Reform, Revolution, and Opportunism
Debates in the Second International, 1900–1910
by Mike Taber
Haymarket Books, 2023
The congresses of the socialist Second International brought together, for the first time, delegates representing mass workers’ parties. In the first ten years of the twentieth century, they debated questions that are still alive today, including reform and revolution, women’s and national oppression, war, and immigration. The discussions helped form and define the International’s Left, Right, and Center. Mike Taber’s new book presents a window on these developments through excerpts of oral debates at four of the International’s congresses.
In the following review essay, John Marot reflects on these debates and argues that the politics of the Third International, formed in 1919, did not just carry forward the positions of the Left wing of the Second. The Russian Revolution of 1917 changed what the Left thought about workers’ power.
The campaign to rehabilitate aspects of Second International politics and theory, associated with the work of Lars Lih, continues apace. Mike Taber’s collection of documents, Reform, Revolution, and Opportunism: Debates in the Second International 1900–1910, affords an excellent opportunity to review and examine Second International debates on the parliamentary road to socialism (‘Millerandism’), the colonial question, immigration, women’s rights, war and militarism.
The current, neo-Kautskyist consensus holds that the Third International independently consolidated and unified the “left-wing” of pre-1914 international social democracy. This consensus is real but mistaken. Understood as an integrated whole, Third International politics could not be derived from any trend in pre-1914 Social Democracy but rather required analysis of new experiences and institutions thrown up by the workers’ movement internationally in 1917, and in the years immediately following the October Revolution. That analysis could not arise from the unification of pre-1914 “revolutionary” social democratic trends into a separate organization foreshadowing the politics of the Third International as a whole.
Nor can Third International Marxism be accurately characterized as a mere reaffirmation of basic principles of socialist politics, valid at all times and everywhere: anti-racism, solidarity with immigrants, against militarism, for women’s rights, and against sectarian dismissal of electoral contests in bourgeois-democratic states. It was that, of course—but much more.
The first four Congresses of the Third International (1918-1922) appealed to all revolutionary social democrats of the Second International opposed to social democracy’s support for World War I. Its theses and resolutions took account of the fresh experience of the collapse of Second International national parties into war-mongering adjuncts of imperialist states, an (initially) successful workers’ revolution in tsarist Russia in 1917, and (contemporaneously) successful counter-revolutions in the West to generate among Third International Marxists a political synthesis superior to anything produced by Second International Marxism in its classical period, 1889-1914—above all in relation to the state.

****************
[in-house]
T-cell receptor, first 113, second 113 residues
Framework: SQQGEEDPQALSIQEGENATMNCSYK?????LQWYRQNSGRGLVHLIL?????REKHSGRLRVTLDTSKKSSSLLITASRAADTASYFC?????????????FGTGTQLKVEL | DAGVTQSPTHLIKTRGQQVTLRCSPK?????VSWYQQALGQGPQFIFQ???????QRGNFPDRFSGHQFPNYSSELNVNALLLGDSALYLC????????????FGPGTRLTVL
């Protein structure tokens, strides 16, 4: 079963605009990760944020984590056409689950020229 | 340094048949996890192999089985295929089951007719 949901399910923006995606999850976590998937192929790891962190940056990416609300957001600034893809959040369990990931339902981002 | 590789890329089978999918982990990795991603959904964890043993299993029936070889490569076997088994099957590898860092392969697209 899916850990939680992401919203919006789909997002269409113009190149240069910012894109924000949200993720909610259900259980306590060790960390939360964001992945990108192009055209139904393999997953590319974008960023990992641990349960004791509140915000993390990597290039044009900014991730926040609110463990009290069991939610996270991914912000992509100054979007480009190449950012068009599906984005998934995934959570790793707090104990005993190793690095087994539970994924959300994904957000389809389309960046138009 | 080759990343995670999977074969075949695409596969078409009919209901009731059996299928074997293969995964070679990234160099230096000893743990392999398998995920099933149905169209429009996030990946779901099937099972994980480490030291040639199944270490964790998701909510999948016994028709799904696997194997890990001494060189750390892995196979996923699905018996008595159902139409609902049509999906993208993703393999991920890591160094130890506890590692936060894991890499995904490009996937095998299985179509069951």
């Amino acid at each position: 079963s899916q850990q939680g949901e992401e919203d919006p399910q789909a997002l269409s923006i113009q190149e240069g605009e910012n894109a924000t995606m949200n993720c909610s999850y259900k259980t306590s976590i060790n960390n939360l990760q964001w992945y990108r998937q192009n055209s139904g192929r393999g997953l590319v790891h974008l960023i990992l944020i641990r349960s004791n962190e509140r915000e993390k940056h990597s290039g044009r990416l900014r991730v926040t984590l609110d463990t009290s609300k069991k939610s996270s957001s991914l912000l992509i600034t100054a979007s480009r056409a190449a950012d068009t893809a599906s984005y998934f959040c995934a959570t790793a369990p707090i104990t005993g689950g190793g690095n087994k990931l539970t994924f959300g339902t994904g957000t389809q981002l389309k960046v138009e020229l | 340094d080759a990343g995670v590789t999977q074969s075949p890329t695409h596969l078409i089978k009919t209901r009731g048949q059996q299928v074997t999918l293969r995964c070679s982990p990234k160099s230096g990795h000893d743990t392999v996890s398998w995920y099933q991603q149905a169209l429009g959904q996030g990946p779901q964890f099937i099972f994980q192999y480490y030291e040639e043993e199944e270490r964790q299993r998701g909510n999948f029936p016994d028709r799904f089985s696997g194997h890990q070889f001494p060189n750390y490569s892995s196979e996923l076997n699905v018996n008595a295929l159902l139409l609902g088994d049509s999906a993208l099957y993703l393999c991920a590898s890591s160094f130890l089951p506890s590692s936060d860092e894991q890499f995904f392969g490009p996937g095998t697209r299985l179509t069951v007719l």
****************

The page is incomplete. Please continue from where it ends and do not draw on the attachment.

State and revolution
The most outdated of Second International debates revolved around socialist participation—or not—in the executive branch of bourgeois democracies. This tactic was called “Millerandism,” after Alexandre Millerand, a French socialist who took a cabinet position in a bourgeois administration in 1899. Engels, writing in 1894, warned against the supreme danger: “After the common [electoral] victory we might be offered some seats in the new Government—but always in the minority. Here lies the greatest danger” (p. 16).1 But, Second Internationalists asked, what if socialists were in the majority?
The revisionists argued that Millerand’s participation in the government was fully in keeping with socialist participation in the capitalist state itself, which had been hitherto limited to its legislative branch, now simply extended to its executive branch. After all, socialist parties were winning elections and sending growing numbers of representatives to parliaments. Why not translate that growing parliamentary strength into representation in bourgeois cabinets and chancelleries as well? Indeed, once socialists acquired a legislative majority, some argued, they would be in a position to take not just one cabinet seat but many more—perhaps even enough to form a socialist-majority administration.
Theirs was an extremely persuasive argument because the revolutionary socialist argument against Millerandism, voiced by Engels, Kautsky, Lenin, Luxemburg, and Trotsky, never challenged the underlying premise, shared by both sides of the debate, that social democracy could lawfully command an arm of the bourgeois-democratic state—its legislative arm—to reform the capitalist state as whole and then proceed to socialism. The “day is approaching when the almighty English parliament will be a tool of the dictatorship of the proletariat” declared Kautsky in 1893, without meeting contradiction. 2 Kautsky reiterated this view in 1911, thereby establishing an overarching continuity in Second International Marxist thinking on the state.